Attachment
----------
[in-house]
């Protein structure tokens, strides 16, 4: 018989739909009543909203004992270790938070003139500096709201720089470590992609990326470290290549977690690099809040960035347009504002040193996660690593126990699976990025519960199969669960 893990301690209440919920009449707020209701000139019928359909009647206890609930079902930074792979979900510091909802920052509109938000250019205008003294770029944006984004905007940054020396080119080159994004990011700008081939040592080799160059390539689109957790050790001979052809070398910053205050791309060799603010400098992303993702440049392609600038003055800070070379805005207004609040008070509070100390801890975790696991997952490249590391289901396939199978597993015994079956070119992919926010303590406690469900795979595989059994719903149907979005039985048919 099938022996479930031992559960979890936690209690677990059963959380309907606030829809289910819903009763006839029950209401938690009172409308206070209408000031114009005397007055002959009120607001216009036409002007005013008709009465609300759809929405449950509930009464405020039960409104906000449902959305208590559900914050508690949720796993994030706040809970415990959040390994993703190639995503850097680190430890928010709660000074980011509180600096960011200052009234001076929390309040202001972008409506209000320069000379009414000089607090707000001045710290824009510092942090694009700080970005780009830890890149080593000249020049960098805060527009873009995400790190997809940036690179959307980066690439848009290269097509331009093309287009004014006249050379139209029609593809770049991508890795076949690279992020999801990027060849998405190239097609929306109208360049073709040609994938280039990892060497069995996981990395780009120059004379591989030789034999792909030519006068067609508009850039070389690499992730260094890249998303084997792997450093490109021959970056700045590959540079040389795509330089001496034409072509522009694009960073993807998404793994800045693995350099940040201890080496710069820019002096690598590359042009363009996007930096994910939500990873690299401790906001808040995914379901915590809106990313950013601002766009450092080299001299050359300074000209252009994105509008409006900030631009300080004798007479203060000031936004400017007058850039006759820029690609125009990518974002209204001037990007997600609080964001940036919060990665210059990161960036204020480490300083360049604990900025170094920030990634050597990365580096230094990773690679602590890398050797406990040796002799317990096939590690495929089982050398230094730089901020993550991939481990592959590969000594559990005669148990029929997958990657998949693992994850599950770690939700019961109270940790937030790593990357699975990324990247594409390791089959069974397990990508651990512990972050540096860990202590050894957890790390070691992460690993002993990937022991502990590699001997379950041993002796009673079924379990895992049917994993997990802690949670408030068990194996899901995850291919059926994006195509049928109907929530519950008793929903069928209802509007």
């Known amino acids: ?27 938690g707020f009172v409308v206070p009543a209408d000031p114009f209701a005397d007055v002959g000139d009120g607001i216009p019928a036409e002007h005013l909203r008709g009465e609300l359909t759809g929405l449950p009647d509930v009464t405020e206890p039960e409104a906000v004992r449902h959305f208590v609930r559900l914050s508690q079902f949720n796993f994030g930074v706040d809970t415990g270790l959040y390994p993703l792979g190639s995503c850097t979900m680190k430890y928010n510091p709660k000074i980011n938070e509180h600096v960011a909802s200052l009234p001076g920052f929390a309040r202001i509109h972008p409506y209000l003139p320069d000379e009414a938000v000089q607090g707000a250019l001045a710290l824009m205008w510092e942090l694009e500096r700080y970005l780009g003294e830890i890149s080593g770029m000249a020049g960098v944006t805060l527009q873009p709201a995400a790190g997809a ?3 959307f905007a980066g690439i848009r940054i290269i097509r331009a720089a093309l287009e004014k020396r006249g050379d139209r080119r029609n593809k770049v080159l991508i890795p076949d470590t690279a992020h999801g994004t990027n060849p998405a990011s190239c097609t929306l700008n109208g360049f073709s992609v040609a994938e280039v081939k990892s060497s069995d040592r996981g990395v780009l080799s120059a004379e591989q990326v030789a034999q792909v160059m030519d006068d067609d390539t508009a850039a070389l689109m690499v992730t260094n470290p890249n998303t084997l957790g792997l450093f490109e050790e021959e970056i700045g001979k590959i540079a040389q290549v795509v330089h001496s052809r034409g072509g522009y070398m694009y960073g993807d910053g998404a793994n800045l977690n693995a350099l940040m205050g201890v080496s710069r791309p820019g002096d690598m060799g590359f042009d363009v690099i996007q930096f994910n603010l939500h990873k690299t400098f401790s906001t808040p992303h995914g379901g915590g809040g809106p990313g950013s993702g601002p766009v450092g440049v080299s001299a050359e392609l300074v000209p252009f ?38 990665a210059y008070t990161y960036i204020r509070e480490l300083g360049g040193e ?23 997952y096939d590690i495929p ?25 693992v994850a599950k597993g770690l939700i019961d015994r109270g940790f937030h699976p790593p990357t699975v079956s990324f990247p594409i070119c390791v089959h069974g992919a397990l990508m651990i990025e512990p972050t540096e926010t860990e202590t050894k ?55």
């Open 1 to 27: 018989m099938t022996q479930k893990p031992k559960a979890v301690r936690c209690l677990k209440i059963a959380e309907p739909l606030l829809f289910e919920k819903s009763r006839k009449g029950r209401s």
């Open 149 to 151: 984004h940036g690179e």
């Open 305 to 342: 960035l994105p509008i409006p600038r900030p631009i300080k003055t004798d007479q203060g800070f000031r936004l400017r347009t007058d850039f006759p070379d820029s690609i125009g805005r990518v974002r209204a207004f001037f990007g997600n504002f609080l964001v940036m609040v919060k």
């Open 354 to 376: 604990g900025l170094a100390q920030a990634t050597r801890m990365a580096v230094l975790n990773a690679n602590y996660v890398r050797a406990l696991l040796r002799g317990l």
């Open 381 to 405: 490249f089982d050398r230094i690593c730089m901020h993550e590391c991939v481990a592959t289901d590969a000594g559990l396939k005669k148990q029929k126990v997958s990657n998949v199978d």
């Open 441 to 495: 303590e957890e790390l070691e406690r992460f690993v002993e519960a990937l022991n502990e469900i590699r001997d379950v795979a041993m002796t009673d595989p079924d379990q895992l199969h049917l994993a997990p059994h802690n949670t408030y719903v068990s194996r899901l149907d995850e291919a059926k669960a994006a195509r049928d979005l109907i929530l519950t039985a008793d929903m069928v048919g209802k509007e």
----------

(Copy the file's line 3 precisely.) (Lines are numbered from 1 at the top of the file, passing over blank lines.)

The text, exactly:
């Known amino acids: ?27 938690g707020f009172v409308v206070p009543a209408d000031p114009f209701a005397d007055v002959g000139d009120g607001i216009p019928a036409e002007h005013l909203r008709g009465e609300l359909t759809g929405l449950p009647d509930v009464t405020e206890p039960e409104a906000v004992r449902h959305f208590v609930r559900l914050s508690q079902f949720n796993f994030g930074v706040d809970t415990g270790l959040y390994p993703l792979g190639s995503c850097t979900m680190k430890y928010n510091p709660k000074i980011n938070e509180h600096v960011a909802s200052l009234p001076g920052f929390a309040r202001i509109h972008p409506y209000l003139p320069d000379e009414a938000v000089q607090g707000a250019l001045a710290l824009m205008w510092e942090l694009e500096r700080y970005l780009g003294e830890i890149s080593g770029m000249a020049g960098v944006t805060l527009q873009p709201a995400a790190g997809a ?3 959307f905007a980066g690439i848009r940054i290269i097509r331009a720089a093309l287009e004014k020396r006249g050379d139209r080119r029609n593809k770049v080159l991508i890795p076949d470590t690279a992020h999801g994004t990027n060849p998405a990011s190239c097609t929306l700008n109208g360049f073709s992609v040609a994938e280039v081939k990892s060497s069995d040592r996981g990395v780009l080799s120059a004379e591989q990326v030789a034999q792909v160059m030519d006068d067609d390539t508009a850039a070389l689109m690499v992730t260094n470290p890249n998303t084997l957790g792997l450093f490109e050790e021959e970056i700045g001979k590959i540079a040389q290549v795509v330089h001496s052809r034409g072509g522009y070398m694009y960073g993807d910053g998404a793994n800045l977690n693995a350099l940040m205050g201890v080496s710069r791309p820019g002096d690598m060799g590359f042009d363009v690099i996007q930096f994910n603010l939500h990873k690299t400098f401790s906001t808040p992303h995914g379901g915590g809040g809106p990313g950013s993702g601002p766009v450092g440049v080299s001299a050359e392609l300074v000209p252009f ?38 990665a210059y008070t990161y960036i204020r509070e480490l300083g360049g040193e ?23 997952y096939d590690i495929p ?25 693992v994850a599950k597993g770690l939700i019961d015994r109270g940790f937030h699976p790593p990357t699975v079956s990324f990247p594409i070119c390791v089959h069974g992919a397990l990508m651990i990025e512990p972050t540096e926010t860990e202590t050894k ?55």